African states hold emergency security summit

West African leaders in Ghana to discuss regional threats as Mali and Nigeria struggle to rein in armed groups.

    The Accra meeting is first to be hosted by Mahama since he was elected chairman in March [GALLO/GETTY]
    The Accra meeting is first to be hosted by Mahama since he was elected chairman in March [GALLO/GETTY]

    West African leaders are due to meet in Ghana in an emergency summit to discuss regional security issues, including the situation in Mali and Nigeria, the spokesman for the country's president said.

    The leaders will discuss "not just specifically Boko Haram but also the issues of the terrorist situation and threat in Nigeria, they could be part of the whole range of issues under the banner of peace and security," Ben Malor told the AFP news agency.

    He said that the security situation in northern Mali is also among issues that will be raised during Friday's meeting.

    According to reports in the Ghanaian media, officials confirmed Nigeria, Mali, the Ivory Coast, Senegal, Sierra leone, Niger, Togo, Burkina Faso.

    The meeting in Accra is the first to be hosted by president mahama since he was elected chairman of the Economic Community of West African States in March.

    In two of the countries attending the one-day summit - Mali and Nigeria - armed groups have been blamed for a spate of deadly violence.

    Mali descended into crisis in January 2012, when Tuareg separatist National Movement for the Liberation of Azawad launched the latest in a string of Tuareg insurgencies in the north, which the army was ill-equipped to defend.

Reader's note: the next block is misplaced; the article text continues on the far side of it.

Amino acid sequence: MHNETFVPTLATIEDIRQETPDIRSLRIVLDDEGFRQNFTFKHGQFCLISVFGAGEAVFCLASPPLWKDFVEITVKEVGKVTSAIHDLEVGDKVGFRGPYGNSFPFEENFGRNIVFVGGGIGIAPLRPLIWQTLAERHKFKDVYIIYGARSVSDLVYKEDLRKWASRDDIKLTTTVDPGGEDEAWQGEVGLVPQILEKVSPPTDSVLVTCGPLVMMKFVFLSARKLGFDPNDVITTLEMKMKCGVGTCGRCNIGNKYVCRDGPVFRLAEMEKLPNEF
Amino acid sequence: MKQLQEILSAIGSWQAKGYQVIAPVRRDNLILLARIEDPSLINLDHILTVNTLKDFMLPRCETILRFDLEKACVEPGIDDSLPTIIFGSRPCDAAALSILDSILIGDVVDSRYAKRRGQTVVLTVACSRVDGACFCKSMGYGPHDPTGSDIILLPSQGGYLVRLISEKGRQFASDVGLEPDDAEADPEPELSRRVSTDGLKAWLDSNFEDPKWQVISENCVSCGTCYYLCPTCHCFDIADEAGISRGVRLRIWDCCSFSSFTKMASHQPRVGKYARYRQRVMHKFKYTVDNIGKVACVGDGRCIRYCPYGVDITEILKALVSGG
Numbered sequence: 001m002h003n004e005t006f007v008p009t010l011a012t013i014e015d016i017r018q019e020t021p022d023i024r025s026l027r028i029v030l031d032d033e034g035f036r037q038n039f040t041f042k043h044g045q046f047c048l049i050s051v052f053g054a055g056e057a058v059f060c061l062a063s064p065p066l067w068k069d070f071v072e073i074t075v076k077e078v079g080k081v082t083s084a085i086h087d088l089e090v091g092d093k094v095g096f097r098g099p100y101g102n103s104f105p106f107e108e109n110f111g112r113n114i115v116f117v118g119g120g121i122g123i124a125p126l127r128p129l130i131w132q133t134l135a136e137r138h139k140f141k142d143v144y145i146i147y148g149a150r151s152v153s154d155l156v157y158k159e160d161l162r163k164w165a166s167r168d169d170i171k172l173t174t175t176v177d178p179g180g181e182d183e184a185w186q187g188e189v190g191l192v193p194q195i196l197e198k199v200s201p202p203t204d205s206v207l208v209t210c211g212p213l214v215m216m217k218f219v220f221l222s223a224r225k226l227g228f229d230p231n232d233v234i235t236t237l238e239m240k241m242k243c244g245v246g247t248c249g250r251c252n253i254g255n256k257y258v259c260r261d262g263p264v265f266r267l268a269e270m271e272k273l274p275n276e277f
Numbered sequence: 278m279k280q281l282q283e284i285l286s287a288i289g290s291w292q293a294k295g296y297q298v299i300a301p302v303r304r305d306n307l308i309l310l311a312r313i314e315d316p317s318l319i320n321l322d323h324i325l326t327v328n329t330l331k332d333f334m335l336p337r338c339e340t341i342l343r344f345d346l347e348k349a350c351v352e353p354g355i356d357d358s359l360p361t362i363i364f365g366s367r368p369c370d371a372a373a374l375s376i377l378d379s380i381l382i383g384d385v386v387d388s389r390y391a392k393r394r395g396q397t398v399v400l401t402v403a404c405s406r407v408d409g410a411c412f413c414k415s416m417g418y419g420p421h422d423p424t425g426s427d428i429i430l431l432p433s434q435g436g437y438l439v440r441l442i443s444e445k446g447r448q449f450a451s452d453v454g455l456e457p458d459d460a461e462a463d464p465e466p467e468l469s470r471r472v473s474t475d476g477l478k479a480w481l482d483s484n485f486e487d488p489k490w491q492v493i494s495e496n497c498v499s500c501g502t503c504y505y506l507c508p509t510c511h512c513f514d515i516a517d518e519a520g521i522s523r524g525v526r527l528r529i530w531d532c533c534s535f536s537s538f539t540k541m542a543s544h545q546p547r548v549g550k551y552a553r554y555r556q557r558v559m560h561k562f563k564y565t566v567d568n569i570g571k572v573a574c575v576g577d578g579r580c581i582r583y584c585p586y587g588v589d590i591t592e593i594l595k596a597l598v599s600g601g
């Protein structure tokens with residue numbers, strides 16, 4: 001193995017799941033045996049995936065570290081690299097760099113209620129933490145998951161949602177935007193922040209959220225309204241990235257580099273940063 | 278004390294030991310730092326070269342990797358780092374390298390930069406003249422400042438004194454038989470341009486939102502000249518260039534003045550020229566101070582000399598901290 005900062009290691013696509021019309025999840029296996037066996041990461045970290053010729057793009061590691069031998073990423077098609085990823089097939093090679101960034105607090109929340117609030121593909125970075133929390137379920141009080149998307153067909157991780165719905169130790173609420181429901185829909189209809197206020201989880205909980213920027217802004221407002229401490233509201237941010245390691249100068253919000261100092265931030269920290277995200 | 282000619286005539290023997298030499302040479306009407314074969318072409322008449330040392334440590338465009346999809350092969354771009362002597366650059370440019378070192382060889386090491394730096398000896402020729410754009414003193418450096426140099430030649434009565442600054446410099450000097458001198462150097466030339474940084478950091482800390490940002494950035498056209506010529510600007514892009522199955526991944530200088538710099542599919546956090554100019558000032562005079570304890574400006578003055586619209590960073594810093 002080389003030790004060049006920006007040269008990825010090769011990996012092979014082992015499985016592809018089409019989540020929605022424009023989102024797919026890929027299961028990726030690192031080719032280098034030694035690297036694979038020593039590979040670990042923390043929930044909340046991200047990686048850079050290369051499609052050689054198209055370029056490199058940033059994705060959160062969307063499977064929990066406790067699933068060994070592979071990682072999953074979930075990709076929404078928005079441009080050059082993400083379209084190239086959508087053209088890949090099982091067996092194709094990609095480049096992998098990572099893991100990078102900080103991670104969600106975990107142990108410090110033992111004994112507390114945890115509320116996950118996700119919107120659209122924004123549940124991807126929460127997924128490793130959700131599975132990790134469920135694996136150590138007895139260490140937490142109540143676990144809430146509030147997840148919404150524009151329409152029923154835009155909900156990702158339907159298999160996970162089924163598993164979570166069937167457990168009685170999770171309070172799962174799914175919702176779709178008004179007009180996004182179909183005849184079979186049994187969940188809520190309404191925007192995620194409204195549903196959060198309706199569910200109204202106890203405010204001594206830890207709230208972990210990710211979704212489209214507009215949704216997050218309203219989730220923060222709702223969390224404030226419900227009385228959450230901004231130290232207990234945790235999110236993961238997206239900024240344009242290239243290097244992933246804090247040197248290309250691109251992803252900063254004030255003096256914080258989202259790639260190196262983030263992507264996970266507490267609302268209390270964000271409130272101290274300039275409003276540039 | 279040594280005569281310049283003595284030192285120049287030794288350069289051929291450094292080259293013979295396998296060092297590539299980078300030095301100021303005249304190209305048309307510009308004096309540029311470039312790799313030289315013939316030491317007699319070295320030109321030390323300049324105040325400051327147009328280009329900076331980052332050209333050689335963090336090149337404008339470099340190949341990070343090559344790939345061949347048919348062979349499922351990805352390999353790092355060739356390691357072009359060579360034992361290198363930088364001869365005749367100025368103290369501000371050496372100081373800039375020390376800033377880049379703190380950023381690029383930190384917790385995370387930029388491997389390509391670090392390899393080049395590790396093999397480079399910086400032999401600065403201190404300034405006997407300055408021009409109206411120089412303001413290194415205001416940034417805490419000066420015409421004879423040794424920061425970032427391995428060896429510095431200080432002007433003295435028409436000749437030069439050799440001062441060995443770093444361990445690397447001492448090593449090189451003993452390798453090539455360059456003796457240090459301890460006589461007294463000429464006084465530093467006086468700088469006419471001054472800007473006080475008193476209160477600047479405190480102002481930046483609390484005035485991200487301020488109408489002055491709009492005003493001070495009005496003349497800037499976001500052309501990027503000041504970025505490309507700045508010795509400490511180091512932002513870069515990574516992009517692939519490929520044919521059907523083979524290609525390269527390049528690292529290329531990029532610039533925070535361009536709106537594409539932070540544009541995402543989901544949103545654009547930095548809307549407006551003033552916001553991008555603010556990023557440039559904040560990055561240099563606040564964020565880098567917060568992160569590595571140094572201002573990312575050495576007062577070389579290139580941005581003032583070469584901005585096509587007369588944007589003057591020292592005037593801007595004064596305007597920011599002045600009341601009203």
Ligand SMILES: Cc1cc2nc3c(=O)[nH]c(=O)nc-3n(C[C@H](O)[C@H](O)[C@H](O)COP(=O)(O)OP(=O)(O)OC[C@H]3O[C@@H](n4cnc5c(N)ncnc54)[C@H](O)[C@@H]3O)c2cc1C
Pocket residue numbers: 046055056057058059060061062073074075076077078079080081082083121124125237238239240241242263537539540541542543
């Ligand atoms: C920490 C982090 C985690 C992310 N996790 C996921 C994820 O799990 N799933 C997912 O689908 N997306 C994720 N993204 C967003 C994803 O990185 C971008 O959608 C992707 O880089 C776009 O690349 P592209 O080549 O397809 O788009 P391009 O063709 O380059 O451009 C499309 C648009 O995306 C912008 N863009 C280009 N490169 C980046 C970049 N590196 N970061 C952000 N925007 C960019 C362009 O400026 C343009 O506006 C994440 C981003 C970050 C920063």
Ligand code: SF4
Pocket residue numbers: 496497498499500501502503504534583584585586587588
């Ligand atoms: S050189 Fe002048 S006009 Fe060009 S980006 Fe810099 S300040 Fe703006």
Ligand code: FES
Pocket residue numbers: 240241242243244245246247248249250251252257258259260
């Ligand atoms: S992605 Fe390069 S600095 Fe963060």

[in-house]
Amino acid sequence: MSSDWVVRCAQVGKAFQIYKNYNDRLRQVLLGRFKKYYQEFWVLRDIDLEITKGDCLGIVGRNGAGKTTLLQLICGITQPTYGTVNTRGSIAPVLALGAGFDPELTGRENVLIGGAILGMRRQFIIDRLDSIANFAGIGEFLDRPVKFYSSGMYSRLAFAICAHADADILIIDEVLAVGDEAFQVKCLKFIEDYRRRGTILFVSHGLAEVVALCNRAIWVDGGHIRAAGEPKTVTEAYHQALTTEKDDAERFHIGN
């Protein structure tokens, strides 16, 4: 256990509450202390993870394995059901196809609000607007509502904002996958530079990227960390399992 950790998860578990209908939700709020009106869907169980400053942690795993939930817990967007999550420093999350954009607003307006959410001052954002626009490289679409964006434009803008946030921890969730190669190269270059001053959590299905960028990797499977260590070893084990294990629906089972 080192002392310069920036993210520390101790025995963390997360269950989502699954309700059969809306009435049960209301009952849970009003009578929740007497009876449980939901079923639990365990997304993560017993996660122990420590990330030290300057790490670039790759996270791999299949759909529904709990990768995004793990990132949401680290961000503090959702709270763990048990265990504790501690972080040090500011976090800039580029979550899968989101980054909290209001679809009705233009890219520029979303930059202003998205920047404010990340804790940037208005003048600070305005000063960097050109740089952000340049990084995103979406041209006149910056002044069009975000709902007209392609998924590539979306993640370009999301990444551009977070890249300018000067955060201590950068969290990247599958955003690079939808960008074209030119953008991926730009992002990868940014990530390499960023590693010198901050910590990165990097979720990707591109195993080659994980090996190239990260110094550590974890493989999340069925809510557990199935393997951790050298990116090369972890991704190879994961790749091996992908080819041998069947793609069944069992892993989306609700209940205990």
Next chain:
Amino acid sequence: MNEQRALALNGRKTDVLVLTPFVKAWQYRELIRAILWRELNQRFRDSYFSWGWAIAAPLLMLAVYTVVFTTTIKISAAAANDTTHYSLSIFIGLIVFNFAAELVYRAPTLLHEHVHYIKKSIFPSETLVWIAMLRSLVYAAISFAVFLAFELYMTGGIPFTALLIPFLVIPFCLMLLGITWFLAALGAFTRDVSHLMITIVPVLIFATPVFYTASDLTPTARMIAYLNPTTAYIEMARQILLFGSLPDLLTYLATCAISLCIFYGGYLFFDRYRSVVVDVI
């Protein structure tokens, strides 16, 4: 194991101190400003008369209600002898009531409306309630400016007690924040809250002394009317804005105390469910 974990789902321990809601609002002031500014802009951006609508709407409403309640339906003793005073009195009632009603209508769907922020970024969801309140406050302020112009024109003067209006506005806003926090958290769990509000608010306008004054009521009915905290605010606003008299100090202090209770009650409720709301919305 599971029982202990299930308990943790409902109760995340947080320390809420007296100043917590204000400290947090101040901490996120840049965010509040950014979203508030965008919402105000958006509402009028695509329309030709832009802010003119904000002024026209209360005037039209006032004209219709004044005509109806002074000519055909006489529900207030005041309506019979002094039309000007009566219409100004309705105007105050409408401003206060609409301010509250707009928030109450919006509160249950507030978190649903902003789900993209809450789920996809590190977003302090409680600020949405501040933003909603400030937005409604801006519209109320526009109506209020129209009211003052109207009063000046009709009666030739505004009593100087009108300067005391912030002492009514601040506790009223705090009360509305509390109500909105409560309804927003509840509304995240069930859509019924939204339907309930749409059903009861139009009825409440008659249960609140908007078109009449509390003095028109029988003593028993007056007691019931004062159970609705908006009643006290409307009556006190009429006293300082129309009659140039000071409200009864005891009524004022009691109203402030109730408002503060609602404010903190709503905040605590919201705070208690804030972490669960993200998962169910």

A subsequent coup in Bamako led to chaos, and militants linked to al-Qaeda overpowered the Tuareg to seize control of Mali's northern desert.

    A French-led military operation launched in January 2013 ousted the extremists, but sporadic attacks have continued and the Tuareg demand for autonomy has not been resolved.

    In Nigeria, the April 14 mass abduction of schoolgirls by Boko Haram Islamist group in Chibok town in Nigeria's northeast Borno state has spurred worldwide outrage and offers of military aid from foreign nations including France, Britain and China.

    The United States has also deployed 80 troops to Nigeria's neighbour Chad as part of the mission to locate the girls - some 219 of whom remain missing.

    SOURCE: AFP


    YOU MIGHT ALSO LIKE

    'We scoured for days without sleeping, just clothes on our backs'

    'We scoured for days without sleeping, just clothes on our backs'

    The Philippines’ Typhoon Haiyan was the strongest storm ever to make landfall. Five years on, we revisit this story.

    How Moscow lost Riyadh in 1938

    How Moscow lost Riyadh in 1938

    Russian-Saudi relations could be very different today, if Stalin hadn't killed the Soviet ambassador to Saudi Arabia.

    Daughters of al-Shabab

    Daughters of al-Shabab

    What draws Kenyan women to join al-Shabab and what challenges are they facing when they return to their communities?